Earn a nursing degree and become an RN
Licensed Practical and Vocational Nurses (LPN, LVN) can advance their nursing careers by becoming a Registered Nurse (RN). Jumping from LPN to RN represents an expansion of your scope of practice, higher salary potential, and greater career prospects in the future.
Registered nurse ranks as the #8 Best Health Care Job according to the 2023 U.S. News and World Report. RNs earn an average salary of $89,010 per year, substantially more than LPNs, according to the Bureau of Labor Statistics (BLS).* The biggest step to take to transition to RN is to earn a nursing degree—you can’t become an RN without one!
Take these steps to bridge from LPN to RN:
How long does it take to go from LPN to RN?
The time it takes to transition from LPN to RN varies based on a few factors, including:
- Your degree choice. Pursuing an Associate of Science in Nursing (ASN/ADN) takes less time than a Bachelor of Science in Nursing (BSN). Our degree programs range from 16-28 months when enrolled full-time.
- How quickly you move through the program. The fastest path to becoming an RN is enrolling full-time, but part-time enrollment may be a better choice depending on your circumstances.
- Transfer credit. You may be able to transfer credits earned through prior college coursework to save you both time and money.
1. Embrace an expanded scope of practice
RNs provide most of the nursing care in healthcare facilities, including many common duties LPNs are qualified to perform. In addition, RNs can be responsible for:
- Administering medication, drawing blood, and inserting IV drips
- Operating and monitoring medical equipment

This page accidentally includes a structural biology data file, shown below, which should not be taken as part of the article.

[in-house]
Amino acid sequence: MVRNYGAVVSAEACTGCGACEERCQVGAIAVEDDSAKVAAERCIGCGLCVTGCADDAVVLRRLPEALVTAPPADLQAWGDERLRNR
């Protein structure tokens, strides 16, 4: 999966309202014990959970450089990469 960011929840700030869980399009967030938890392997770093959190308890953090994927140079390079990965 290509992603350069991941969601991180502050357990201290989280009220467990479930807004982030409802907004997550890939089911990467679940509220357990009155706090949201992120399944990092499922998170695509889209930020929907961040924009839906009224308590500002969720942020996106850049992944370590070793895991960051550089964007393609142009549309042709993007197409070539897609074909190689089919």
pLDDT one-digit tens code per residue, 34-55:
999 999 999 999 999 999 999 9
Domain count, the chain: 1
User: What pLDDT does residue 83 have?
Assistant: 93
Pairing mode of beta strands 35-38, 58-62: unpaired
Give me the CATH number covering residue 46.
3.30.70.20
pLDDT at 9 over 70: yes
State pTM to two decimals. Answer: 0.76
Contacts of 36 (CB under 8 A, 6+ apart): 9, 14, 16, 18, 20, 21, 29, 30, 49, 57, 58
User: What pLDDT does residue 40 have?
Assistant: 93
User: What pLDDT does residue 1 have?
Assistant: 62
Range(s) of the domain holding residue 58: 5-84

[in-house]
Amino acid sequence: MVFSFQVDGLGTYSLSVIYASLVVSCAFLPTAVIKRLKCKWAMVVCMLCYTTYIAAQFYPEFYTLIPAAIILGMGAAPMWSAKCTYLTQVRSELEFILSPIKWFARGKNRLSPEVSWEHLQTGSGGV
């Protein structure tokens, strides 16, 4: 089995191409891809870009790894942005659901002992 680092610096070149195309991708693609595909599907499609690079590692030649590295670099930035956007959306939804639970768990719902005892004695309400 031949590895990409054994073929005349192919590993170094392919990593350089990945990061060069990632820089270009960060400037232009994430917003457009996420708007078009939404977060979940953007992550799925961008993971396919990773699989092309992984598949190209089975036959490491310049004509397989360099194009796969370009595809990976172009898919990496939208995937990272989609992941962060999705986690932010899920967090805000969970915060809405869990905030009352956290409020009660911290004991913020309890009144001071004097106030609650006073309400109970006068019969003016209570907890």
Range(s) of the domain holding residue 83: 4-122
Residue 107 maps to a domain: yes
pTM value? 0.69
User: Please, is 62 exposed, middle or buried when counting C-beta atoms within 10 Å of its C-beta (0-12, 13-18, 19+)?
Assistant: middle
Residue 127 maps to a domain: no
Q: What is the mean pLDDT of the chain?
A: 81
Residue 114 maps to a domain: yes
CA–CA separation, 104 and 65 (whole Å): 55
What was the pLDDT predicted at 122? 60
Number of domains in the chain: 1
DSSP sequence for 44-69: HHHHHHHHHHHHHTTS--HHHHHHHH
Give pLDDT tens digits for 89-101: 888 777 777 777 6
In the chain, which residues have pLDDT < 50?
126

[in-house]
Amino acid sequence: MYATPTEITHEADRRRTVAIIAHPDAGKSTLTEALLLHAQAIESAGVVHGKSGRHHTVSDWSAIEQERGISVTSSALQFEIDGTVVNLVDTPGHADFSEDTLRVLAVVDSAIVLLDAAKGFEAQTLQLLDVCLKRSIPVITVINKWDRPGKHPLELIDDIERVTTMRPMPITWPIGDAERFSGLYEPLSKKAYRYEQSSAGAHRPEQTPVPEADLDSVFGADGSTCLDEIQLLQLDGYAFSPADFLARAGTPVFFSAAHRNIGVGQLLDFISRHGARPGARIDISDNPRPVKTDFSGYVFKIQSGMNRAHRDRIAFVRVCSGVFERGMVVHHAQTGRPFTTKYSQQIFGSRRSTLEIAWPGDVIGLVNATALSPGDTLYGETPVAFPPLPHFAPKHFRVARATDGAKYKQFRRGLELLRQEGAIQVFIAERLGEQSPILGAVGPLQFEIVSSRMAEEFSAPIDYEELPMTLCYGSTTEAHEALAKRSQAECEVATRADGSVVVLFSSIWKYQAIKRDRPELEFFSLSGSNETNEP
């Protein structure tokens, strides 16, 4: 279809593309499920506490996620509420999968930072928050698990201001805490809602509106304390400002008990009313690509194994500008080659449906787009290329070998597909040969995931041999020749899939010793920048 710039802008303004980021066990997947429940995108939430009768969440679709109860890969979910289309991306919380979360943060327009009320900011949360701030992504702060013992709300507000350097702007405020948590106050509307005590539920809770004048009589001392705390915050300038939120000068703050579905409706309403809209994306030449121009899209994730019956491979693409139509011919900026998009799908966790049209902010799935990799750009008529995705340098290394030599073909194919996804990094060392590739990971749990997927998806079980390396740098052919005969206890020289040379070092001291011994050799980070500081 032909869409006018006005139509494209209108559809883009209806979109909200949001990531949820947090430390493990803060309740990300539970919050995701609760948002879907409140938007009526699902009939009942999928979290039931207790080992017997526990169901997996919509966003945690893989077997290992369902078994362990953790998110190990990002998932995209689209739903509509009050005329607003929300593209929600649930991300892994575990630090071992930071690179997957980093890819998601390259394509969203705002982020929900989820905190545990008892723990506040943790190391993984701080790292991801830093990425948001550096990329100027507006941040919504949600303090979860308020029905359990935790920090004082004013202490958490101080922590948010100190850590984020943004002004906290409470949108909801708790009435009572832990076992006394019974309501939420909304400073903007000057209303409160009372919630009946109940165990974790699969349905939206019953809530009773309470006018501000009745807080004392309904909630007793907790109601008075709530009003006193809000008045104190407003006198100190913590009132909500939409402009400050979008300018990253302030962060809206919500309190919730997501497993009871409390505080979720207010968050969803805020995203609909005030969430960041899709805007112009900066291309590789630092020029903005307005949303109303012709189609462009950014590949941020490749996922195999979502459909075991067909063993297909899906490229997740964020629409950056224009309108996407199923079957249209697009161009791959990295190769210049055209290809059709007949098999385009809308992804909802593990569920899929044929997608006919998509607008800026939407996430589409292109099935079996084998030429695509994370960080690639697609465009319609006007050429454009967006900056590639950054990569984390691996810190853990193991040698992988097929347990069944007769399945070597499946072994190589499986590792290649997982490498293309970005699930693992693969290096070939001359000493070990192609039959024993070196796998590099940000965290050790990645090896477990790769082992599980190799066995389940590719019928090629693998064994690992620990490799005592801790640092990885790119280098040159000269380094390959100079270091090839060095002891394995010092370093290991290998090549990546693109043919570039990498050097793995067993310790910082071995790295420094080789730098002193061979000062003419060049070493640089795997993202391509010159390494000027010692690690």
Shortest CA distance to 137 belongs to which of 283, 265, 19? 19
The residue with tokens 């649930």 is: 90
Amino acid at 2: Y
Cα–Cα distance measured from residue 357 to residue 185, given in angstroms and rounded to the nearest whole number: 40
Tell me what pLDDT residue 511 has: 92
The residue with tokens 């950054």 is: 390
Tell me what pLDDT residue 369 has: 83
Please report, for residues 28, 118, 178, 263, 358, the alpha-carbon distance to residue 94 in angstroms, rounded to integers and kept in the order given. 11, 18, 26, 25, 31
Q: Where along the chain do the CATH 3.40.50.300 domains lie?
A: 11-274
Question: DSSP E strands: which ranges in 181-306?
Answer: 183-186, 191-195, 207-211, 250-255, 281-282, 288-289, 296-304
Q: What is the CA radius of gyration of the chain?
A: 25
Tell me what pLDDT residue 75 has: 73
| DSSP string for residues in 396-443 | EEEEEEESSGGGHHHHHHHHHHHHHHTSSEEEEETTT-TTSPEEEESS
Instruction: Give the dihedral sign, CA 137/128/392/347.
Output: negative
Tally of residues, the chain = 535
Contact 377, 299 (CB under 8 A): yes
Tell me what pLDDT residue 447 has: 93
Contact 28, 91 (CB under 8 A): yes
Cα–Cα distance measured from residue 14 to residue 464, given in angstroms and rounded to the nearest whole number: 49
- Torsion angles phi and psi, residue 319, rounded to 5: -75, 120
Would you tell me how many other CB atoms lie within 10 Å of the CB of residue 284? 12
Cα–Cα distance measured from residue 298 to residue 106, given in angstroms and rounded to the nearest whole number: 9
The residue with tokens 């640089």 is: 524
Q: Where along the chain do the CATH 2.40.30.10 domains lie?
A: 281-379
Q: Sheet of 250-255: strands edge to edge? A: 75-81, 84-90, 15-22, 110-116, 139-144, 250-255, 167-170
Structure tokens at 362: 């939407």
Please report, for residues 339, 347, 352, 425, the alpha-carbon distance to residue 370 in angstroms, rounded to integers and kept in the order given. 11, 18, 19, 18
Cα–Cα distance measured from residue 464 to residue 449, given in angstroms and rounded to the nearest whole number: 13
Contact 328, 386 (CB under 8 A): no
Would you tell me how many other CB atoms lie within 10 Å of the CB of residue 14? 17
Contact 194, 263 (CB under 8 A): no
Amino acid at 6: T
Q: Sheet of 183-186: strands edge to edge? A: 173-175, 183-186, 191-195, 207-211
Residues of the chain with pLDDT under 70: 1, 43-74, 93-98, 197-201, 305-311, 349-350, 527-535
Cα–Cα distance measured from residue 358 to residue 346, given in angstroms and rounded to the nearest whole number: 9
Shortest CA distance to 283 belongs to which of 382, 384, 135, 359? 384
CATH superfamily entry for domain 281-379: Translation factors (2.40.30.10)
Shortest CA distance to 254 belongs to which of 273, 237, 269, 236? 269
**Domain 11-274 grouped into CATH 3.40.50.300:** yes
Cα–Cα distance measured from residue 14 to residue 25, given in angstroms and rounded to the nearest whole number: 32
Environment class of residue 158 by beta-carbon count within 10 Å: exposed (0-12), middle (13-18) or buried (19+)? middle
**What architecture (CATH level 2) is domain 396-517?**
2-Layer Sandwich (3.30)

- Performing diagnostic tests and collecting lab samples
- Teaching families and patients how to manage care after treatment
- Setting up or contributing to patient care plans
- Collaborating with doctors, advanced practice RNs (APRN), and other professionals to administer and improve care
Learn more about the difference between LPN versus RN roles and responsibilities, scopes of practice, salary, job outlook, and more.
Approved roles and responsibilities for both LPNs/LVNs and RNs vary by state. But generally speaking, RNs enjoy a significantly broader scope of practice than LPNs.
If you’re fully prepared to take on these advanced responsibilities, you’re ready to transition from LPN to RN. It’s time to start thinking about your education.
2. Choose a degree level
You have two basic choices when choosing the type of nursing degree you’d like to earn.
To become an RN, you are required to earn an Associate of Science in Nursing (ASN) or Bachelor of Science in Nursing (BSN).
While earning an ASN can take less time (and cost less), earning a BSN comes with many benefits, including:
- Job qualifications. RNs with a BSN may qualify for more types of jobs across unique specialties. Employers may prefer BSN holders for the sake of earning Magnet status.
- Salary potential. Furthering your nursing education can potentially make you eligible for higher paying jobs, especially those with managerial or leadership duties.
- Better NCLEX pass rates. Students who hold a BSN historically pass the NCLEX at higher rates.
- Future career prospects. Earning a BSN brings you closer to the highest levels of nursing. You can better qualify for jobs that don’t require an MSN—and you’re closer to earning your MSN should you decide to pursue one in the future.